Wednesday, November 12, 2003 - Page updated at 12:00 AM

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Foster boys beat teen into coma; should DSHS pay for their crime?

Seattle Times staff reporter

A gang of boys from a West Seattle foster home, capping a spree of crime and delinquency, kicked Said Aba Sheikh into a coma for no better reason than he was riding a pink bike.

Four years later, three of the teens are in prison. Aba Sheikh, a young refugee from Somalia, is permanently brain-damaged. The 20-year-old has no short-term memory, and his lungs fill with fluid, requiring frequent hospital stays.

For a King County jury, difficult questions remain. Is the foster-care system to blame? And if so, should the state pay for Aba Sheikh's lifelong care, estimated at $20 million?

If his lawyers are successful, the case would make the state Department of Social and Health Services responsible not only for harm done to foster children, but for harm done by foster children.

Now in its third week, the trial has put a bright light on the treatment of adolescent foster kids, particularly troubled boys.

Three of Aba Sheikh's attackers lived in the same foster home run by a single working mother. Evidence presented at the trial suggests the house was an unsupervised "warehouse" for troubled teens — DSHS' most difficult wards.

DSHS social workers were repeatedly warned that the teens in Emma Daniels' foster home had formed a de facto gang in the year before Aba Sheikh's beating. The boys' convictions during those 12 months included assault, theft, car theft and burglary, and all had been expelled from school.

Daniels became so worried that she sent her own son to live with a relative. She begged DSHS social workers to move the two most difficult children — Miguel Pierre and Mychal Anderson — for nearly a year leading up to Aba Sheikh's assault, according to court documents.

Social workers denied the request, then placed even more high-risk foster kids in her care, according to court files, even ignoring the fact that Daniels' foster-care license had lapsed.

"DSHS gambled that the juvenile justice system would do what DSHS should have done long before; remove Pierre and Anderson," Aba Sheikh's attorneys, Jack Connelly and Darrell Cochran, wrote in a court filing. "The price of the bet was Said Aba Sheikh's life-long debilitation."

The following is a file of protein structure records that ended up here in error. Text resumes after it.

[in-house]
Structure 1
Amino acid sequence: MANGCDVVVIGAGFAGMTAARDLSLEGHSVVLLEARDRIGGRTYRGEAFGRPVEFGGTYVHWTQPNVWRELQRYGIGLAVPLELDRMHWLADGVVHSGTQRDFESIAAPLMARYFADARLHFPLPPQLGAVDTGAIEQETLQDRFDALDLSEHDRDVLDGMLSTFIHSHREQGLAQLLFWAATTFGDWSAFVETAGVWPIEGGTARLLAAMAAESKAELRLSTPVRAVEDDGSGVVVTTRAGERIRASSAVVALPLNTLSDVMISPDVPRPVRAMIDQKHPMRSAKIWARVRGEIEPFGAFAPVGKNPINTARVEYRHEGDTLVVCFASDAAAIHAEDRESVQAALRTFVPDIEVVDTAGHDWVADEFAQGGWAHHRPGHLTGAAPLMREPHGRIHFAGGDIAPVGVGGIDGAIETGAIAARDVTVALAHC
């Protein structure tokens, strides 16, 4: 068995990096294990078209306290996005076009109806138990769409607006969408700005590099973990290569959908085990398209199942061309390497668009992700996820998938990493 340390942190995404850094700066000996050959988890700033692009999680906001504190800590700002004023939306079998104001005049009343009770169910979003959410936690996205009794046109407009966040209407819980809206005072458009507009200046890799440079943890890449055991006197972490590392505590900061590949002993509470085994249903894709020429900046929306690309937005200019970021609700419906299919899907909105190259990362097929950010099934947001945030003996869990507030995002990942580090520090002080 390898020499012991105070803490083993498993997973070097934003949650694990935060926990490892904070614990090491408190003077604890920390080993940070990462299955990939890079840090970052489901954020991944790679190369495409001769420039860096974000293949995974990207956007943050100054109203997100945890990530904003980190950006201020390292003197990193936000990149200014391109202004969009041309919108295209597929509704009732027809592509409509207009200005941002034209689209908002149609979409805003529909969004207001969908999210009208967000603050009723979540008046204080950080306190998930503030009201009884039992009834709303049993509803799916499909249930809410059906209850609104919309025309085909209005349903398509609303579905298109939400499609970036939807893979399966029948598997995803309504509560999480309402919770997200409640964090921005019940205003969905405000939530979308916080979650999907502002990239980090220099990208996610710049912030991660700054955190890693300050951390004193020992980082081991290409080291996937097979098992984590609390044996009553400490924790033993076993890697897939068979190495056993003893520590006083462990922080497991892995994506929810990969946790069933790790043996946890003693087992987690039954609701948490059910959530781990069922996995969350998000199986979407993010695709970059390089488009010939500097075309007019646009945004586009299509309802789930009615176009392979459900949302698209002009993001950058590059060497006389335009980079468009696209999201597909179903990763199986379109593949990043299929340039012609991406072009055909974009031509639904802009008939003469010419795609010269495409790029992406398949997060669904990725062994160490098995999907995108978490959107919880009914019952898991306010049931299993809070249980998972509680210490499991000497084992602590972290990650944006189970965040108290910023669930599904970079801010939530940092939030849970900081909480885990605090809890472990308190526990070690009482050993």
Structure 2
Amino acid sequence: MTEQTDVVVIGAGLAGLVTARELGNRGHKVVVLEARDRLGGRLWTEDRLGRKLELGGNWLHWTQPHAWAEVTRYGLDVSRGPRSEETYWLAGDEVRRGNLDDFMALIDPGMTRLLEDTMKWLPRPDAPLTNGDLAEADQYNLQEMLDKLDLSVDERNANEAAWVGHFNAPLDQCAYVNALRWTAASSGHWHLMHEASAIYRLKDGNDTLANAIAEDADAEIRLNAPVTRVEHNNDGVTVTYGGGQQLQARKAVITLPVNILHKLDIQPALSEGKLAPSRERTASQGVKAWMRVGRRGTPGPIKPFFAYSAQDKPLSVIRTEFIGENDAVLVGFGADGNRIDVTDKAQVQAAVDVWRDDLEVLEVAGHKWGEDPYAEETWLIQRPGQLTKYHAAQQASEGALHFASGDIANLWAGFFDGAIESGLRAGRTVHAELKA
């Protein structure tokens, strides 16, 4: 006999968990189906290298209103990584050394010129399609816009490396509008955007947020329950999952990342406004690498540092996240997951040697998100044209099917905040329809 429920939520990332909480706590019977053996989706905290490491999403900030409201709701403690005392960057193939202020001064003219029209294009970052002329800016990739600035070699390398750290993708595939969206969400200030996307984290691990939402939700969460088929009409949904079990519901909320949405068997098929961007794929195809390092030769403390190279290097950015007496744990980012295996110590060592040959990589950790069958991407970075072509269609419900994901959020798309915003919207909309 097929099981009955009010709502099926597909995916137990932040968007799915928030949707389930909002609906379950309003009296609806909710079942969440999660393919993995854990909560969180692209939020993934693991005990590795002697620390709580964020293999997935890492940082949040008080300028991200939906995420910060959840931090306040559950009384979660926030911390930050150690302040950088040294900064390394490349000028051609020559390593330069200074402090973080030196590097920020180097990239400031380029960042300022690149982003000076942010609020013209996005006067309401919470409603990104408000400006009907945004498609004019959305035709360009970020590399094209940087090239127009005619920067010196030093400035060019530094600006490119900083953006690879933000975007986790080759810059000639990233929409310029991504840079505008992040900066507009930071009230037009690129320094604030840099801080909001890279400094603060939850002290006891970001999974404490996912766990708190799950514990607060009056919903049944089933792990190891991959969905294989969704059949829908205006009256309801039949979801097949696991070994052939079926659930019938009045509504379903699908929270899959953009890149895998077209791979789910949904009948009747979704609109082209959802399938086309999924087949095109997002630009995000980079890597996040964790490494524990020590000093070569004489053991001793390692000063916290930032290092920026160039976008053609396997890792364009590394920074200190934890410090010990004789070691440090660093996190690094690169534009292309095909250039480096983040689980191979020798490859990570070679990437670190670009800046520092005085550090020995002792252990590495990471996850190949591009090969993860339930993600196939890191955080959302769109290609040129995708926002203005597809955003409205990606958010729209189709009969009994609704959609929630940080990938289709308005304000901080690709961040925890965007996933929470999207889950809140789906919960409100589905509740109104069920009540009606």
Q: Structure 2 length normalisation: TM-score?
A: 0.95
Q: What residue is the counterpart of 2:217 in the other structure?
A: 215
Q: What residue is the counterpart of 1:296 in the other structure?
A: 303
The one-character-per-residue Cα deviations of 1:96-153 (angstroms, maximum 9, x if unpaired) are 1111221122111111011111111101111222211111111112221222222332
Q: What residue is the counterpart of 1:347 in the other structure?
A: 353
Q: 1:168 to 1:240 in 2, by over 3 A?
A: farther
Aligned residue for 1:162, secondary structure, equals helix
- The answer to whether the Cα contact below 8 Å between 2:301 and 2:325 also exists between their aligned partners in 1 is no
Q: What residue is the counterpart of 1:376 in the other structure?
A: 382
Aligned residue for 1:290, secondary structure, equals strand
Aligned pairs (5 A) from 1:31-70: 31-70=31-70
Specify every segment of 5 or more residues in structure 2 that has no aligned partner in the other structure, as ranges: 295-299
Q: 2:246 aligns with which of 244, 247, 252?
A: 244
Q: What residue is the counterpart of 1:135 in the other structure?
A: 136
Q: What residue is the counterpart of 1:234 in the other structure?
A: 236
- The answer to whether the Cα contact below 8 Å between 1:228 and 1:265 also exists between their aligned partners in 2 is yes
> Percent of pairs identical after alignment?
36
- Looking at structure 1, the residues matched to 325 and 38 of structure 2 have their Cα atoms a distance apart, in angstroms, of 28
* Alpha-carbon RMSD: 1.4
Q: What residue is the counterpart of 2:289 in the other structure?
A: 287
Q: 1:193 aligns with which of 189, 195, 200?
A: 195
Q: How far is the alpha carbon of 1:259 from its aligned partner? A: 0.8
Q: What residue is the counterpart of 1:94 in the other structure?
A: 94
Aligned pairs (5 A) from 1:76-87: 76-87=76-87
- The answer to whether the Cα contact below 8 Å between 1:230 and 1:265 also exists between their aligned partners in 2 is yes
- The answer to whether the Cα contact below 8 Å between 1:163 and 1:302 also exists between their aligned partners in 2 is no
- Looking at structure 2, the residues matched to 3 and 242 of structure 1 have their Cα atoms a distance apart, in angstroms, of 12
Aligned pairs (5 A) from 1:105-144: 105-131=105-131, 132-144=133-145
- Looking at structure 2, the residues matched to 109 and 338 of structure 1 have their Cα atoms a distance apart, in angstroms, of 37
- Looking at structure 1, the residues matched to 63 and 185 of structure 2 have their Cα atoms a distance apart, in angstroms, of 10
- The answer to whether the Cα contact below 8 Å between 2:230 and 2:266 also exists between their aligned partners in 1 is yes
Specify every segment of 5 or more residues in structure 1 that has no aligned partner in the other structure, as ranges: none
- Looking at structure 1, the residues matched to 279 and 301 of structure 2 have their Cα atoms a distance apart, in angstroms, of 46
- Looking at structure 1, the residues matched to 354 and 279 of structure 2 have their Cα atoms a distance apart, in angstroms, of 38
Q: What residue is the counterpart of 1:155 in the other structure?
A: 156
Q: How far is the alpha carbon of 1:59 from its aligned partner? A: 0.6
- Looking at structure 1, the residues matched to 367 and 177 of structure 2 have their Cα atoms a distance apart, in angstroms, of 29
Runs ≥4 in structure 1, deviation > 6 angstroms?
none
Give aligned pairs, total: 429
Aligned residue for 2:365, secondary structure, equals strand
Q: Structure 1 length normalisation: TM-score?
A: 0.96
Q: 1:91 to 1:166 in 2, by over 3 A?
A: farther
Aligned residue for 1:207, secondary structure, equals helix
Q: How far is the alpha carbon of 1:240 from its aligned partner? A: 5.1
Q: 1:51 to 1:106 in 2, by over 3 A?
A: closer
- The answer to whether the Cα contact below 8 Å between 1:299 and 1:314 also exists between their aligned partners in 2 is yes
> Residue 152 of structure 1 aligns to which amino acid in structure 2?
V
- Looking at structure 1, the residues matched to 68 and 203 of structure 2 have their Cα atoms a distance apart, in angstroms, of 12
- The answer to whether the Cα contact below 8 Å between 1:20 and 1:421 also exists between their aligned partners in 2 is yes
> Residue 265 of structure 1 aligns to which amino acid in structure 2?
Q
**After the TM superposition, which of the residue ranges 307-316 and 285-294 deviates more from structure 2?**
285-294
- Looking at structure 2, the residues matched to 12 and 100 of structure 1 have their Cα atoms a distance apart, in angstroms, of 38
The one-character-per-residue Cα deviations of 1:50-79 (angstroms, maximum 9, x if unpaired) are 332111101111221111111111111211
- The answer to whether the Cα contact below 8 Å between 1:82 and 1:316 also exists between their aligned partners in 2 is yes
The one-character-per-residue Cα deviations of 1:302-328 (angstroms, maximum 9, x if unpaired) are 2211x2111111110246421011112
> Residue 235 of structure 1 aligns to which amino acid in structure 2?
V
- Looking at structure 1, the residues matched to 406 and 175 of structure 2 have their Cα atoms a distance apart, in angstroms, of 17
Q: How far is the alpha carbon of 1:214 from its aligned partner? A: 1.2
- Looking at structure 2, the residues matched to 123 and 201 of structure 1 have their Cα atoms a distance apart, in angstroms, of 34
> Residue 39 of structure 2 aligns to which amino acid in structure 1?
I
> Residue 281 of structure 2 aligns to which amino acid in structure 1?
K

But DSHS lawyers say the suit overreaches in the hunt for a culprit. The case is based on the "unprecedented theory that DSHS social workers ... owe a duty to protect members of the general public from criminal conduct by foster children," wrote Jeff Freimund, an assistant attorney general representing DSHS.

If the system failed these kids, Freimund argued, it was King County's juvenile-probation department, which was supposed to be supervising Pierre and Anderson at the time of the beating. Aba Sheikh's lawyers reached an undisclosed settlement with King County before trial.

And the lawyers have uncovered documents and evidence suggesting that DSHS social workers were fearful of the situation at Daniels' home but did nothing to move Anderson and Pierre to a group home.

"As bad as it sounds, these were seen as throwaway children," said Jane Ramon, a former DSHS social worker who reviewed the case for Aba Sheikh's lawyers. "I'm not saying it's not difficult to deal with these high-end children, but you have to try. I don't know how anyone could look at the case and not feel they were warehoused."

Others note problems

Pierre, described by Aba Sheikh's lawyers as a ringleader for the younger foster kids at Daniels' home, was on his seventh foster home when he was placed with her in 1997. DSHS never told her about the 15-year-old's history of setting fires and abusing animals or a previous investigation for sexual assault, according to Daniels.

A counselor with the Metrocenter YMCA quickly realized that Pierre was running wild in Daniels' home, and wrote DSHS in hopes of getting the teenager into a more-structured home.

"If we stay this course, his history of sexual abuse, drug abuse, learning disability, rage and crime will go untreated," the counselor wrote. His request wasn't acted on, and Pierre stayed with Daniels while committing eight felonies over the next year.

At trial, Pierre said he found two new friends at Daniels' home. Anderson, then 12, had been placed with Daniels after being abandoned by his mother and physically abused in two previous foster homes.